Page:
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How To Get Started with Electroluminescent (EL) Wire

By Alex Castle

Electroluminescent wire—more commonly known as EL wire—is probably the simplest solution for adding lighting to a project. We show you how it works, what you can do with it, and how to easily get started using it.

A few weeks back, I wrote at length about LED strip lighting. Originally, that story had been about more than just LED’s—I’d wanted to cover the entire world of flexible lighting. Since addressable LED lighting proved to be more than enough glowing awesomeness for one article, I never got around to talking about another fun, affordable way to trick out virtually any project: EL wire.

What is EL wire? Electroluminescent wire—more commonly known as EL wire—is probably the simplest solution for adding lighting to a project. It’s a thin, flexible wire that (when powered) gives off a bright, even glow along its entire length. In appearance, it’s not unlike a chemical glowstick or a neon sign. It’s waterproof, stays cool, can be cut to whatever length you want, and as long as the soldered joints are properly insulated, it won’t shock you. All those qualities (and its more-than-passing resemblance to the piping on the Tron outfits) make it a very popular choice for light-up costumes, clothing and accessories. Because it’s very energy efficient, EL wire is also used as accent lighting indoors and in vehicles.

Photo credit: Flickr user thematthewknot via Creative Commons.

EL wire requires an alternating current source, which means that you’ll need to connect it to a transformer—usually a little battery-powered box you can tuck away someone on your project or in your costume. Greater lengths of EL wire require more power.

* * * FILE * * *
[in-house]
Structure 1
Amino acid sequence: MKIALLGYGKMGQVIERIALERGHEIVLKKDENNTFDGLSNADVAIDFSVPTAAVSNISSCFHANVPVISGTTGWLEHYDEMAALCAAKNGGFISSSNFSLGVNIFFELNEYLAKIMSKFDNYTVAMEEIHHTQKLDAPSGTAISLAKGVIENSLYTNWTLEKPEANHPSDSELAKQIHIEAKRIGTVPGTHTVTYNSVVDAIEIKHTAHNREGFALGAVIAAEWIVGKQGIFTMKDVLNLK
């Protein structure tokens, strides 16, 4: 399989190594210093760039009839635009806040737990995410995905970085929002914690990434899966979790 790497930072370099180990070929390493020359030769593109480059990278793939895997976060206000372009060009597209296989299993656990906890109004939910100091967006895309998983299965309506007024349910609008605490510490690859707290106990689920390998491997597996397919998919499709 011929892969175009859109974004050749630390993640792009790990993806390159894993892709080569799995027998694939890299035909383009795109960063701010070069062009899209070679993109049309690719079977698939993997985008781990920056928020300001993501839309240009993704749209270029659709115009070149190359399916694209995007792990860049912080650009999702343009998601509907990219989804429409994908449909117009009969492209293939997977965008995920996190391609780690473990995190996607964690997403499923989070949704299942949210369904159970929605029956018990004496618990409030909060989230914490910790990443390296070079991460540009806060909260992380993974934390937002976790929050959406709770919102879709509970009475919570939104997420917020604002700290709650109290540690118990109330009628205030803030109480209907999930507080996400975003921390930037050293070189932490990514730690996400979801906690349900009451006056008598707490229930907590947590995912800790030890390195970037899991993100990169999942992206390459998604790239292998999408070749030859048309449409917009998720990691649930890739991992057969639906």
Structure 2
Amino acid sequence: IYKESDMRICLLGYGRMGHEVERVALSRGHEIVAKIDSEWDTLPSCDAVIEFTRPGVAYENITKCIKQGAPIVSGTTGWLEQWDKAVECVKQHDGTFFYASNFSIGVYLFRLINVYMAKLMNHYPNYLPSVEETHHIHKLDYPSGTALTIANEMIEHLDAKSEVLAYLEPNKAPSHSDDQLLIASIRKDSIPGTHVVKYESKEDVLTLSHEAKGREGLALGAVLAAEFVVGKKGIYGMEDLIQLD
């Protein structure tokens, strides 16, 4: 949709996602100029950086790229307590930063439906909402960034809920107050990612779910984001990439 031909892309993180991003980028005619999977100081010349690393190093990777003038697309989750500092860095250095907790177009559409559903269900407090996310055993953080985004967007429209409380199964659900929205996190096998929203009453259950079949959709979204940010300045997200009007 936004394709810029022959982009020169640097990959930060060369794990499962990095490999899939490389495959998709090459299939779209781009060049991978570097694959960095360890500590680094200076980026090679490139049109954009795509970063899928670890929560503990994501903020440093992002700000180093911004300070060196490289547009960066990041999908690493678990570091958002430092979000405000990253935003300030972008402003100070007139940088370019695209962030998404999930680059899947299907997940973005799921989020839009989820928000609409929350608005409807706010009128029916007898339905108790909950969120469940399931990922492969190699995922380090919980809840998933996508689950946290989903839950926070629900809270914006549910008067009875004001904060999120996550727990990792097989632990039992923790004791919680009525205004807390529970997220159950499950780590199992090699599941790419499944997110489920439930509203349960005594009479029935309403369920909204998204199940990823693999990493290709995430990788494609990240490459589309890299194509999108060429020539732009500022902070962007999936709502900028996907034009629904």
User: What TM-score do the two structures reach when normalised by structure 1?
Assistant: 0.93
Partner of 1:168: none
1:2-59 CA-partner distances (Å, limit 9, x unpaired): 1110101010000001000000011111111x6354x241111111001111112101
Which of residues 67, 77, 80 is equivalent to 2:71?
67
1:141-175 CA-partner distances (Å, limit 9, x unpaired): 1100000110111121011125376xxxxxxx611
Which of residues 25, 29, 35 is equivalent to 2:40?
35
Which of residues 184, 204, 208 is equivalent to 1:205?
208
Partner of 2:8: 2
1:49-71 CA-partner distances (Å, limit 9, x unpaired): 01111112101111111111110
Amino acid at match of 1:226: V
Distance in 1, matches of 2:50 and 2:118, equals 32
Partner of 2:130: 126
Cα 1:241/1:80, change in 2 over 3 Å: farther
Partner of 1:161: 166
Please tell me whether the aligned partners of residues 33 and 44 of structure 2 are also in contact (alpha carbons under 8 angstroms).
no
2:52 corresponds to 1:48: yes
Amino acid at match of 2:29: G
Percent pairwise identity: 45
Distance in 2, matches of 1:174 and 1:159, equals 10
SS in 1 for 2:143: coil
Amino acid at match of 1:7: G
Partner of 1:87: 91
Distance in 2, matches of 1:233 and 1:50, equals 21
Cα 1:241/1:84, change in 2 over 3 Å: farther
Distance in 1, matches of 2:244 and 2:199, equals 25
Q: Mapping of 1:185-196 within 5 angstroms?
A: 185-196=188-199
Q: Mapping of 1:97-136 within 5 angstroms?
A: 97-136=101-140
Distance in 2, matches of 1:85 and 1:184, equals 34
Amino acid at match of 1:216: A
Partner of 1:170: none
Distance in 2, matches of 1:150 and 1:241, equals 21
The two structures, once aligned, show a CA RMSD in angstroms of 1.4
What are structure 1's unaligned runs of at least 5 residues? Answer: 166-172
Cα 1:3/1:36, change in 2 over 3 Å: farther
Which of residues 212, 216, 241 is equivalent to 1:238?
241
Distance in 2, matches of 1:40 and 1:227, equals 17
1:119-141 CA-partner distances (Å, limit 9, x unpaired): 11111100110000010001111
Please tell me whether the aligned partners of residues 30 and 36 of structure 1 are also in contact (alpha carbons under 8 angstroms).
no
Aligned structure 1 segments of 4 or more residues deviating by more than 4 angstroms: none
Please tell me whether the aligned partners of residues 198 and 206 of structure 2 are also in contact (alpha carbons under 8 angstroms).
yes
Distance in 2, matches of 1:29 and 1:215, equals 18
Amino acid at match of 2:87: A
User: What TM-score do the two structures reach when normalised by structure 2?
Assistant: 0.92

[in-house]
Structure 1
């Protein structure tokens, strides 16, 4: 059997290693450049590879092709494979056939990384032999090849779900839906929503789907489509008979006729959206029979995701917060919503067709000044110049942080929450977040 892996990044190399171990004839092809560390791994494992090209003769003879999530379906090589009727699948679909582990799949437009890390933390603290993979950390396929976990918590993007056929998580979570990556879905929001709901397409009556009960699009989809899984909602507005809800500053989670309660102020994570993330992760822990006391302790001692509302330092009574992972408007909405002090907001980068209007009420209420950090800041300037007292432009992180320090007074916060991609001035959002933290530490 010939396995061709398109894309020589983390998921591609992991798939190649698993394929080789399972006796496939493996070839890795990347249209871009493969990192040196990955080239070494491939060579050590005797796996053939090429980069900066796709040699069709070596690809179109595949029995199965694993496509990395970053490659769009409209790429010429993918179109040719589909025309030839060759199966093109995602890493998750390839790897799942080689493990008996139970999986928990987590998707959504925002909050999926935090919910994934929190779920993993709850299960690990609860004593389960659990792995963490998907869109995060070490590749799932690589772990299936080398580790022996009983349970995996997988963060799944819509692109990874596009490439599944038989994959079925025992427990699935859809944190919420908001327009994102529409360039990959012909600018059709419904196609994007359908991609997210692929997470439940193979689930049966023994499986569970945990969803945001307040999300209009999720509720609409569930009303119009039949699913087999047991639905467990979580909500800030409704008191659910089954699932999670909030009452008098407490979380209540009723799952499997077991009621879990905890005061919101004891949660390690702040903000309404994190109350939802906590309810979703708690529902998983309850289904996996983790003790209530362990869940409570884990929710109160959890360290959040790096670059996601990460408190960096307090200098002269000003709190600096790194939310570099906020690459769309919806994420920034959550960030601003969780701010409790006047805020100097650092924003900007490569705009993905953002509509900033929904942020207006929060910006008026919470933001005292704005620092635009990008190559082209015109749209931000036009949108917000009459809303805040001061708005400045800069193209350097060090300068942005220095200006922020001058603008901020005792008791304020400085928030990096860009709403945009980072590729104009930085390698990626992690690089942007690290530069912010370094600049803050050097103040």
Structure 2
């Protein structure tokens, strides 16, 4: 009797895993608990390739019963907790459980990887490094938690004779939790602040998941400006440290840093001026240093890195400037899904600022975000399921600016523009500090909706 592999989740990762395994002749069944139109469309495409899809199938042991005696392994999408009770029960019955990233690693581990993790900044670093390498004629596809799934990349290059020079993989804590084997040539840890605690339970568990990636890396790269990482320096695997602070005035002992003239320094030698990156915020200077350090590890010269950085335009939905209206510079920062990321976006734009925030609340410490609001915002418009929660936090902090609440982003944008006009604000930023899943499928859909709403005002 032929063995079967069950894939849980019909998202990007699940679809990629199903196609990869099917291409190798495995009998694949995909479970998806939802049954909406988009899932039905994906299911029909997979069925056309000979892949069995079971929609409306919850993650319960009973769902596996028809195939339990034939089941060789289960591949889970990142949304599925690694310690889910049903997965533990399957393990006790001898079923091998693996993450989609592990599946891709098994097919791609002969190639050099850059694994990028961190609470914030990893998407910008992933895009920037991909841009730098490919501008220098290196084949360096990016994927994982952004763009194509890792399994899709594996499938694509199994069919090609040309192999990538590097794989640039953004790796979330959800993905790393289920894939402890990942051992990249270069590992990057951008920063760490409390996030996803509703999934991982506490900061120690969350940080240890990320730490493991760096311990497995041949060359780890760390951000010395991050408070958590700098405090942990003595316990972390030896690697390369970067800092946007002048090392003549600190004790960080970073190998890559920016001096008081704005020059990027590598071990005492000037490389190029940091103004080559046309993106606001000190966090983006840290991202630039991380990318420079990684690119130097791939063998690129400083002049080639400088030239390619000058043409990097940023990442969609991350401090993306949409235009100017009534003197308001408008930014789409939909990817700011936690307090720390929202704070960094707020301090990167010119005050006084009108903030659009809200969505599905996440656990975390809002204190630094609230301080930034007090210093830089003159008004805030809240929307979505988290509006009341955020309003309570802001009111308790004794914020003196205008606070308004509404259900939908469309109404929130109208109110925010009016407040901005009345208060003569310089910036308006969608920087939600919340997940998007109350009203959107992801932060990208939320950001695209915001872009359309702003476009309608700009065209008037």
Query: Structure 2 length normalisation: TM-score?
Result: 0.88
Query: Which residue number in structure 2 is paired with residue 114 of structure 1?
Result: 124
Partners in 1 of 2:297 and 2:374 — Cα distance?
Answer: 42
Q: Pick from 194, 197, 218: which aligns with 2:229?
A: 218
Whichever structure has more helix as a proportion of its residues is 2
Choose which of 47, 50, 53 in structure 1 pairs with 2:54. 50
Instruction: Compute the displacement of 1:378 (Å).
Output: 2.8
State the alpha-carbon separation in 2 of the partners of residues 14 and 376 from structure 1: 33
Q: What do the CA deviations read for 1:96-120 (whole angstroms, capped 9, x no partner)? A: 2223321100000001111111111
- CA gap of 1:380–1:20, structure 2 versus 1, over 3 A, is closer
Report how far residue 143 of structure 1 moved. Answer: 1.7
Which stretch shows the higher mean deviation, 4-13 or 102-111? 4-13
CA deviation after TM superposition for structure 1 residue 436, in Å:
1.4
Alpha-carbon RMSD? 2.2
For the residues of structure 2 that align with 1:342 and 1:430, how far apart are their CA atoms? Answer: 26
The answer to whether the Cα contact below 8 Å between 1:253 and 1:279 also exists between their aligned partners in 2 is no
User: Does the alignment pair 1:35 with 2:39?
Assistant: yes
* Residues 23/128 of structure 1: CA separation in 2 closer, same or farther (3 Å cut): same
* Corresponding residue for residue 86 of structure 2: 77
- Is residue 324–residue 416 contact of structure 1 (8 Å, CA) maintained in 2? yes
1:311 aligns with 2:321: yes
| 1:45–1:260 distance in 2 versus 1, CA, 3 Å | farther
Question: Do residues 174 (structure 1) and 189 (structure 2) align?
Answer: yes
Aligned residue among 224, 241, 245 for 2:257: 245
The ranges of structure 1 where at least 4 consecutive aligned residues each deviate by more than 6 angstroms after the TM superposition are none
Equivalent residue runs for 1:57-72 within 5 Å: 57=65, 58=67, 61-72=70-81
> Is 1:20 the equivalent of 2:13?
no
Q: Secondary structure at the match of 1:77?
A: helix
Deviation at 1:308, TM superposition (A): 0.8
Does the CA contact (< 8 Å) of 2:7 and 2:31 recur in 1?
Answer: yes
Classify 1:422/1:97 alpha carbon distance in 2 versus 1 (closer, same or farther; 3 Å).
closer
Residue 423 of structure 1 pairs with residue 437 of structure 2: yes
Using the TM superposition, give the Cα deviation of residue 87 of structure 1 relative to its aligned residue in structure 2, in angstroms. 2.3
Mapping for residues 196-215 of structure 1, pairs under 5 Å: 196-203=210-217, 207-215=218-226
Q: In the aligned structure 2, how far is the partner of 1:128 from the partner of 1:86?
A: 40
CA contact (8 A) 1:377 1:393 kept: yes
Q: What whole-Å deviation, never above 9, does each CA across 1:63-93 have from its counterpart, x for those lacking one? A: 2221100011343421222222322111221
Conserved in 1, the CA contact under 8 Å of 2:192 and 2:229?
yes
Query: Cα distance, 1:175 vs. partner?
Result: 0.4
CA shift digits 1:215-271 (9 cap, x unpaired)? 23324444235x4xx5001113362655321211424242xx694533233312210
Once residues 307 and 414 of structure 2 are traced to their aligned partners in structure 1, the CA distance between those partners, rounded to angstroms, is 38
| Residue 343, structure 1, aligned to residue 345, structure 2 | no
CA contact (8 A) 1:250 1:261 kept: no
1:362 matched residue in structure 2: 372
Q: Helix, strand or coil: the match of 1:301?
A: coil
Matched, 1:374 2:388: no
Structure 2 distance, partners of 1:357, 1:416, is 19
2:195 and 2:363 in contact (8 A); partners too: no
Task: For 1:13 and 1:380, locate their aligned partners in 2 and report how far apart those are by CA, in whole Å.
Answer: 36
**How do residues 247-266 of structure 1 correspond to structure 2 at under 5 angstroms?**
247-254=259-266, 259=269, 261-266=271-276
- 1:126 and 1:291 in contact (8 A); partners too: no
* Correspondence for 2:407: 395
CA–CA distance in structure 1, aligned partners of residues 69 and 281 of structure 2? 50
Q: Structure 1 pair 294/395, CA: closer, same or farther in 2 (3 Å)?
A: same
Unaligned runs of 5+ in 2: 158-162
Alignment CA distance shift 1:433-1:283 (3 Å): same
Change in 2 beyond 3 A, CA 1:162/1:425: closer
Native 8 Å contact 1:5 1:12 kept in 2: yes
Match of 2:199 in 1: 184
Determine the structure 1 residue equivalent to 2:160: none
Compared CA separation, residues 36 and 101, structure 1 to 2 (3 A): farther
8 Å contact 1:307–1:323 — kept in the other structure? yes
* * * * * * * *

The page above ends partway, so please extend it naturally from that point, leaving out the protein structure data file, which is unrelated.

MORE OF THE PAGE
How Does It Work?

EL wire is constructed of a copper core, coated in a phosphor, which is wrapped with a thin wire. The wire is protected by a layer of PVC sheathing, and a second, dyed PVC sheathe is used to color the light that the wire produces. When an alternating current is applied to the core and the wrapping wire, it excited the thin layer of phosphor that separates the two, causing it to glow brightly.

Image credit: Adafruit

What Can I Make?

The real miracle of EL wire is that it’s so simple that you can slap it on pretty much anything. Yes, you can sew it into your clothes and go full Tron Guy, but there are plenty of more subdued uses for it as well.

You can, for instance, line a bag with EL wire, or wrap it the handlebars or top-tube of a bicycle. You can tuck the wire into the corners of a box or container, a display case, a drawer, or even the engine compartment of your car. Personal experience has taught me that you can make the cat wear EL wire like a collar, but she doesn’t like it.

If you want to get a little more technical, you can hook multiple strands of EL wire up to a sequencer—a microcontroller that turns the strands on and off according to a program, much like the addressable LED strip/Arduino setup I wrote about last time.

Photo credit: Flickr user kodamapixel via Creative Commons.

If you like the smooth look of EL wire, but find that it’s just a little too wiry, be aware that you can also buy EL tape and EL panel. These work the same way as EL wire, and provide the same continuous, even illumination—the only difference is that EL tape comes in a thick, flat band and EL panel is sold in 10cm x 10cm squares. Like EL wire, both can be cut down to a desired shape and size.

How Do I Get Started?

EL wire itself is sold in bulk at commodity prices—if you search around you’ll find EL wire available at hundreds of stores, in tons of colors and with a number of different effects. Personally, if you’re just getting started with EL wire, I recommend going with a starter kit from one of the big maker supply sites like Make, Adafruit or Sparkfun. You may end up paying an extra dollar or two, but you get the peace of mind that comes with knowing that you got the right transformer, and that you’re dealing with a company you can trust.

Have any of you experimented with EL wire? I’d love to hear about any projects you’ve made.